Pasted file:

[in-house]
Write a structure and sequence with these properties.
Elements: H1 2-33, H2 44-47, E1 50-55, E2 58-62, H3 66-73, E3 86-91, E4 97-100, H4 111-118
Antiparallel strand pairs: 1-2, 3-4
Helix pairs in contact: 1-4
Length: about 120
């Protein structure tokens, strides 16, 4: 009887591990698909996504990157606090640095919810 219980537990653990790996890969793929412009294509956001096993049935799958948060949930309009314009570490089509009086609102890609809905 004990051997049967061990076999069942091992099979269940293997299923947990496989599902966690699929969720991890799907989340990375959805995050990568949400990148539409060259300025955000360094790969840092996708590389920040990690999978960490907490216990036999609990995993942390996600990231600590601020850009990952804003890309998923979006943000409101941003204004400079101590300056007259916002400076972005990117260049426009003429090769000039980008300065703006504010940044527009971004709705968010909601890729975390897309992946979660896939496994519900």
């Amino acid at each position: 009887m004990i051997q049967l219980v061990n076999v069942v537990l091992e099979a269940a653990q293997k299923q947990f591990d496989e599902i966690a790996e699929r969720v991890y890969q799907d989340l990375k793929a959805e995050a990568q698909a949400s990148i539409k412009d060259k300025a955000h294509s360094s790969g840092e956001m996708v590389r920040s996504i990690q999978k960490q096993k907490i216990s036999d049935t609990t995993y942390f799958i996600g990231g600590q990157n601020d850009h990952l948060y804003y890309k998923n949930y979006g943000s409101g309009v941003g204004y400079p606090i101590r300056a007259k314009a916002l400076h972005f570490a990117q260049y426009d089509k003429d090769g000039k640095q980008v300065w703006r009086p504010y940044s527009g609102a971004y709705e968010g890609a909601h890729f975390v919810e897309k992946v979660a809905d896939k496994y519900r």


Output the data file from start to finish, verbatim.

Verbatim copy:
[in-house]
Write a structure and sequence with these properties.
Elements: H1 2-33, H2 44-47, E1 50-55, E2 58-62, H3 66-73, E3 86-91, E4 97-100, H4 111-118
Antiparallel strand pairs: 1-2, 3-4
Helix pairs in contact: 1-4
Length: about 120
């Protein structure tokens, strides 16, 4: 009887591990698909996504990157606090640095919810 219980537990653990790996890969793929412009294509956001096993049935799958948060949930309009314009570490089509009086609102890609809905 004990051997049967061990076999069942091992099979269940293997299923947990496989599902966690699929969720991890799907989340990375959805995050990568949400990148539409060259300025955000360094790969840092996708590389920040990690999978960490907490216990036999609990995993942390996600990231600590601020850009990952804003890309998923979006943000409101941003204004400079101590300056007259916002400076972005990117260049426009003429090769000039980008300065703006504010940044527009971004709705968010909601890729975390897309992946979660896939496994519900």
């Amino acid at each position: 009887m004990i051997q049967l219980v061990n076999v069942v537990l091992e099979a269940a653990q293997k299923q947990f591990d496989e599902i966690a790996e699929r969720v991890y890969q799907d989340l990375k793929a959805e995050a990568q698909a949400s990148i539409k412009d060259k300025a955000h294509s360094s790969g840092e956001m996708v590389r920040s996504i990690q999978k960490q096993k907490i216990s036999d049935t609990t995993y942390f799958i996600g990231g600590q990157n601020d850009h990952l948060y804003y890309k998923n949930y979006g943000s409101g309009v941003g204004y400079p606090i101590r300056a007259k314009a916002l400076h972005f570490a990117q260049y426009d089509k003429d090769g000039k640095q980008v300065w703006r009086p504010y940044s527009g609102a971004y709705e968010g890609a909601h890729f975390v919810e897309k992946v979660a809905d896939k496994y519900r």